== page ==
Activists fight to keep climate change on the agenda amid a swarm of other crises
Written by Laura Schultz
Wisconsin is almost as far as can be from the parts of the U.S. where the effects of climate change are most visible. But remnants of a tropical storm fell here in June for just the fourth time in recorded history and by September, plumes of smoke from the western fires drifted into the state. The crisis is at our doorstep, with no way to pause it.
There is no shortage of pressing crises in the U.S. in 2020 — most apparent are the coronavirus pandemic, racial injustice and historic levels of political division. So with all of these issues competing for our attention, it would be understandable for climate concerns to fall to the wayside for the average citizen this year.
But the climate emergency looms. In October 2018, the United Nations’ Intergovernmental Panel on Climate Change published a report declaring that the world has until 2030 to cut human-caused emissions of carbon dioxide to limit global warming to 1.5 degrees Celsius. With that deadline now less than a decade away, and the intensity of this year’s hurricanes and fires so apparent, 2020 is starting to seem like a climate tipping point, with the New York Times recently reporting that “decades of growing crisis” are now irreversible.
Despite the numerous obstacles that this year has presented, there are still Wisconsinites pressing on to continue the fight for a livable planet.
Stephanie Salgado was in the thick of activism when COVID-19 hit the U.S. in March. The UW–Madison sophomore, an organizer with the Wisconsin-based Youth Climate Action Team, was giving three speeches a week, planning events connected to Earth Day and lobbying legislators — all while still working and keeping up with school.
“And then,” she says, “there’s a huge stop.”
For Salgado, the sudden end to climate activism as she knew it at first brought anxiety and panic attacks. But slowly, she began to understand that 2020 was going to be a year of change no matter what — a feeling solidified by the resurgence of the Black Lives Matter movement later in the spring.
“COVID changes all,” Salgado says. “Activism has to look a lot more like online petitions, a lot more donations and showing support by sharing important information about protests, and that’s why I admire so much all the leadership or the planning or energy that it took to make all the protests for the Black Lives Matter movement.”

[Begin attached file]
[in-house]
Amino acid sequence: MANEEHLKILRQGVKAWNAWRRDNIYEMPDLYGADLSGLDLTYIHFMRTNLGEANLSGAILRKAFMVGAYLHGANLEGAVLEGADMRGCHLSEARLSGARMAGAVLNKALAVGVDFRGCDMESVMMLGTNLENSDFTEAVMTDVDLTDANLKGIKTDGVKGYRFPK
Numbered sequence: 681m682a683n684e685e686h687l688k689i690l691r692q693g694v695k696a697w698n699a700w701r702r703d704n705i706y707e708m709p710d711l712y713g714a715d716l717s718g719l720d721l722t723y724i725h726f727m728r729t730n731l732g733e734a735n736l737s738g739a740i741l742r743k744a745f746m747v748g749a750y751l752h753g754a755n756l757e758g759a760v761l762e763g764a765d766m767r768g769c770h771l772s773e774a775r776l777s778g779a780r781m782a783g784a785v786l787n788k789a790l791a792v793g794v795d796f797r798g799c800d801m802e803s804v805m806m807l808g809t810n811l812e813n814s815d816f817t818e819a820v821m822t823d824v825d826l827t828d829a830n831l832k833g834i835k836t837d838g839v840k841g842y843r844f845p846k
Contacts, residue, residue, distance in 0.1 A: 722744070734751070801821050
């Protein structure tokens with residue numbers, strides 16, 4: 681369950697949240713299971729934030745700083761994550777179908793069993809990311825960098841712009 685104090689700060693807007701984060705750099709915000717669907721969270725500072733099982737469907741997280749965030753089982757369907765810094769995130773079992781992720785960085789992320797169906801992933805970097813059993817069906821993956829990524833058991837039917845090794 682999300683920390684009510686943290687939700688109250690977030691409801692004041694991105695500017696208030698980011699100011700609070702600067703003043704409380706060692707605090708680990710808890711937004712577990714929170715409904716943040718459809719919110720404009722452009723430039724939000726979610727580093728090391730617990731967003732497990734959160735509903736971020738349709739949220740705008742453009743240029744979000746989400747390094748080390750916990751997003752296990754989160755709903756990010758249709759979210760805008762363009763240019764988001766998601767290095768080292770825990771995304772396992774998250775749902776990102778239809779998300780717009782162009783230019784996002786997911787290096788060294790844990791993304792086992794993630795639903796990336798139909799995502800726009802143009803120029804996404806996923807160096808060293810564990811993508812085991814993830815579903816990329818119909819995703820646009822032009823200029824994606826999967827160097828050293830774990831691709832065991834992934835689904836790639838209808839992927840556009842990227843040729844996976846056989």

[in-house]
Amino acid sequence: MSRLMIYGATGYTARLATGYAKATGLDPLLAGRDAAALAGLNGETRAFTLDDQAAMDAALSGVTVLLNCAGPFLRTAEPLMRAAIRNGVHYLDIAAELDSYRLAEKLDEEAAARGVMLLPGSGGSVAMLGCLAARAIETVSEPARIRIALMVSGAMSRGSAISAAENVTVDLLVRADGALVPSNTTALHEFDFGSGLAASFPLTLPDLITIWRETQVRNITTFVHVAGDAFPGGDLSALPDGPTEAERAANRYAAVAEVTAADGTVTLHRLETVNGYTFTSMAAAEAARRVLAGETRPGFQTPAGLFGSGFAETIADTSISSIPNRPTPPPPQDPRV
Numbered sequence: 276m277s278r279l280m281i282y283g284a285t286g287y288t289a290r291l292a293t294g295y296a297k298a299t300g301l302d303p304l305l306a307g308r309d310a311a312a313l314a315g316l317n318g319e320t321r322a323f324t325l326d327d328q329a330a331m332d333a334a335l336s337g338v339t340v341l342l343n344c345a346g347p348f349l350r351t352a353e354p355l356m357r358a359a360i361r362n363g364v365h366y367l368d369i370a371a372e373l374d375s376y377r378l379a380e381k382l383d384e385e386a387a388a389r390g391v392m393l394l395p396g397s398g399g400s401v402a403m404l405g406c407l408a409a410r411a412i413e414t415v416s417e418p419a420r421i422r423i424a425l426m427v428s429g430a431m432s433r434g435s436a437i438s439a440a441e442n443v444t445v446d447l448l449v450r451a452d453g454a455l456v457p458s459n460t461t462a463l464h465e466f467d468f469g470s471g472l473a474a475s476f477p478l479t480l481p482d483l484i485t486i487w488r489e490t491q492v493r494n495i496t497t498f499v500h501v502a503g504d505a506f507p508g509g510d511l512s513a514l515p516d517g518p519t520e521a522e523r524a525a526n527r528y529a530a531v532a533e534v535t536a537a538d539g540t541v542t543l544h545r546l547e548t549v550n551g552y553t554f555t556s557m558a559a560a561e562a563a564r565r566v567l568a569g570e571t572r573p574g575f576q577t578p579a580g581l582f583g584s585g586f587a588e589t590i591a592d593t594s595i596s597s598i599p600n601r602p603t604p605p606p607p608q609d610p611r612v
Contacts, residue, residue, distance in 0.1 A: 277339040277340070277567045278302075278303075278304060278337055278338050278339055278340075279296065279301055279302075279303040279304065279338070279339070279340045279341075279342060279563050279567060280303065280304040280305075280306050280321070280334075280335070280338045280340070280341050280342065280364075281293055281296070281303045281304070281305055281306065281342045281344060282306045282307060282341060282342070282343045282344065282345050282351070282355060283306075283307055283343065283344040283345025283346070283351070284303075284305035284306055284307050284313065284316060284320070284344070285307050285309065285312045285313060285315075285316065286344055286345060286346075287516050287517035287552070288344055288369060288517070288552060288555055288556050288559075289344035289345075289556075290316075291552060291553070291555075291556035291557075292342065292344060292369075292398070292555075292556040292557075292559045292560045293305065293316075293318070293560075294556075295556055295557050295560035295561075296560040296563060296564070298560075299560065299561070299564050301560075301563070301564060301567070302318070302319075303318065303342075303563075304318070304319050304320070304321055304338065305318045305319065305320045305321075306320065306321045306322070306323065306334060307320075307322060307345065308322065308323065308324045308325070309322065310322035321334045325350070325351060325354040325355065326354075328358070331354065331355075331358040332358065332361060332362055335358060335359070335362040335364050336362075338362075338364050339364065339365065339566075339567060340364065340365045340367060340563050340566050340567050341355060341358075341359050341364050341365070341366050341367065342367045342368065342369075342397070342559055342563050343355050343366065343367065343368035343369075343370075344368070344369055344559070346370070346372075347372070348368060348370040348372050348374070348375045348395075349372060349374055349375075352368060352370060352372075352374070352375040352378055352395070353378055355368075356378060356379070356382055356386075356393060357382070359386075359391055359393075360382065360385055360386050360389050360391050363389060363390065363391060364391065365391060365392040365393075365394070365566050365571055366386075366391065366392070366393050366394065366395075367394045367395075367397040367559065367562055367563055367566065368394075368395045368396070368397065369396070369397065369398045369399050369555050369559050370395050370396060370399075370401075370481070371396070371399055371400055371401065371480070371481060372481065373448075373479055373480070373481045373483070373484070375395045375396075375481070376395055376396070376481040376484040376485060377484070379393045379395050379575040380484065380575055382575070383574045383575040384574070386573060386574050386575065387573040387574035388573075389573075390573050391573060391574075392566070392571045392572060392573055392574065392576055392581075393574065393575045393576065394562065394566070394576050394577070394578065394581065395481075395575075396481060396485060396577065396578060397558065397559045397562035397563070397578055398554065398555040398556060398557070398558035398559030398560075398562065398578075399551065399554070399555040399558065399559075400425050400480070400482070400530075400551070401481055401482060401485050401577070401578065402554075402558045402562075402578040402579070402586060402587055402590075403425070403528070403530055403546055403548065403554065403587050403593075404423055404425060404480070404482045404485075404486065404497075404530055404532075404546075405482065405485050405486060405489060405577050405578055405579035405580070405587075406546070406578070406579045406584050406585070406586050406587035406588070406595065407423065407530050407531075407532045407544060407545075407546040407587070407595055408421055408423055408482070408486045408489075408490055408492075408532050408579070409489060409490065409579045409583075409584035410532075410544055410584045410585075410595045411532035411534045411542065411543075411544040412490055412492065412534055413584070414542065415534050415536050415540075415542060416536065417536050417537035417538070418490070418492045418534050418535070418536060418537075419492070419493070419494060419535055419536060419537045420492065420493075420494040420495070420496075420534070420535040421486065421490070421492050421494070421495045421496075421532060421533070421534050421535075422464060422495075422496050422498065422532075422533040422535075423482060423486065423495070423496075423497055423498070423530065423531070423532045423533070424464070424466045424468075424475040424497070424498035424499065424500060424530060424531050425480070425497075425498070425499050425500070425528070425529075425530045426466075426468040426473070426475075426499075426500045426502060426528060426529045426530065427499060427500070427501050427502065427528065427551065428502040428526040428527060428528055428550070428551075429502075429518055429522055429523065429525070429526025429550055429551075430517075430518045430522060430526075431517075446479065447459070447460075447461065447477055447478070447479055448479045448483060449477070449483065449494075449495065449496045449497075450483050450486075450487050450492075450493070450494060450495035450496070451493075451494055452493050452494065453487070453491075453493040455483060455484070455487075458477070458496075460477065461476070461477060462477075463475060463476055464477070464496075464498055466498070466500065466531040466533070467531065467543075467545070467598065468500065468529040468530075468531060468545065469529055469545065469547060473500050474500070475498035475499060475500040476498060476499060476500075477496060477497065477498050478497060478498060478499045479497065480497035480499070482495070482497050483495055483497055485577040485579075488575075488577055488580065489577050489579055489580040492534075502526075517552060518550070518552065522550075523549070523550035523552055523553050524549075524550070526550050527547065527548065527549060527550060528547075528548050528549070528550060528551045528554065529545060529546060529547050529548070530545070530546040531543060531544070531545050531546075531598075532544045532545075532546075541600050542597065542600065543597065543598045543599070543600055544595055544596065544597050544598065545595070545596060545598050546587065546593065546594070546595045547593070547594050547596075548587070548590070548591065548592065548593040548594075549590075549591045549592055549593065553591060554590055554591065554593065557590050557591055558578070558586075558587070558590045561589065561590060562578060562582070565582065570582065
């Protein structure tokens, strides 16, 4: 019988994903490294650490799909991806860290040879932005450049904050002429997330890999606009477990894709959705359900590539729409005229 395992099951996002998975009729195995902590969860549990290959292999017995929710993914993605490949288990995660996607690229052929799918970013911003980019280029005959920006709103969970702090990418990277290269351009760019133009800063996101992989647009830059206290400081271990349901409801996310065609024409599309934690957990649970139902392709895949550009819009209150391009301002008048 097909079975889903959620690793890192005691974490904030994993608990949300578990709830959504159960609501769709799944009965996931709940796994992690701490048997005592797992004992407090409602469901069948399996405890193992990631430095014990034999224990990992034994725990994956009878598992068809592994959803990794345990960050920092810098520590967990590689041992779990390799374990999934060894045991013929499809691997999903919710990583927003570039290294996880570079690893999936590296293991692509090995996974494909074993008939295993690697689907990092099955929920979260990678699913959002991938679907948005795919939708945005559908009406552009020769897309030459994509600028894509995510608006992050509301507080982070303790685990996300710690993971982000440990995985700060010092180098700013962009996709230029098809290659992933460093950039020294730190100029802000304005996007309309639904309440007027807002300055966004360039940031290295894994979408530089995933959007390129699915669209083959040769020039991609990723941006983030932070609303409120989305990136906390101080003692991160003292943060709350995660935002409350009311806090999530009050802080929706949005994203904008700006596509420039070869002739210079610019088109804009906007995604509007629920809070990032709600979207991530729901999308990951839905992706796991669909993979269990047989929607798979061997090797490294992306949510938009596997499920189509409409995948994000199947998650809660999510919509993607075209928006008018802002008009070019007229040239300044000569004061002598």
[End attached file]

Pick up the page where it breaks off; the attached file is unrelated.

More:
Though traditional climate activism did take a hit — the Youth Climate Action Team’s planned April actions, including another mass school strike, were canceled — other climate work continued on. Salgado continued her role virtually as a representative on the Governor’s Task Force on Climate Change, led by Democratic Lt. Gov. Mandela Barnes. The group, which Democratic Gov. Tony Evers established in 2019, delivered formal recommendations at the end of October to help the state reach 100% carbon-free energy by 2050.
While Salgado says many of the original recommendations the task force discussed were deemed too expensive by legislators when so much immediate community investment is needed in the wake of the pandemic, its progress has not been completely stalled.
Task force member Dylan Jennings, a Bad River tribal member of the Lake Superior Anishinaabeg and the director of the public information office at the Great Lakes Indian Fish & Wildlife Commission in Odanah, Wisconsin, is positive about the task force’s achievements in light of 2020.
“We had a lot of different community sessions online, and we were able to reach quite a wide swath of people from throughout the state to get input from them. We’ve met multiple times throughout the year,” Jennings says. He also values the diverse backgrounds and expertise of other task force members, which helped with analyzing data and information to make policy decisions for climate mitigation and adaptation, and how receptive the task force was to the tribal-centric recommendations he helped develop.
In state government, Maria Redmond, the director of the Office of Sustainability and Clean Energy, is responsible for coordinating with state agencies and utilities to reach the state’s 2050 carbon-free energy goal. Redmond, who started the job in January, is currently the only member of the office. But she doesn’t work alone.
“I’m working with a ton of people who have a ton of subject matter expertise, and it’s a matter of connecting the dots and bringing the people together and bringing different perspectives, different communities together to have the conversation to figure out the path forward,” Redmond says.
The sudden switch to virtual work so soon after beginning a new job was definitely not easy, she says, especially with three children at home and a firefighter husband still working as an essential employee. Redmond had hoped to launch a clean energy planning process for policy options in April, which would focus on clean energy workforce development in the state. But with so many state workers focused on other core duties and the pandemic, the planning process has been moving along more slowly — but is still coming.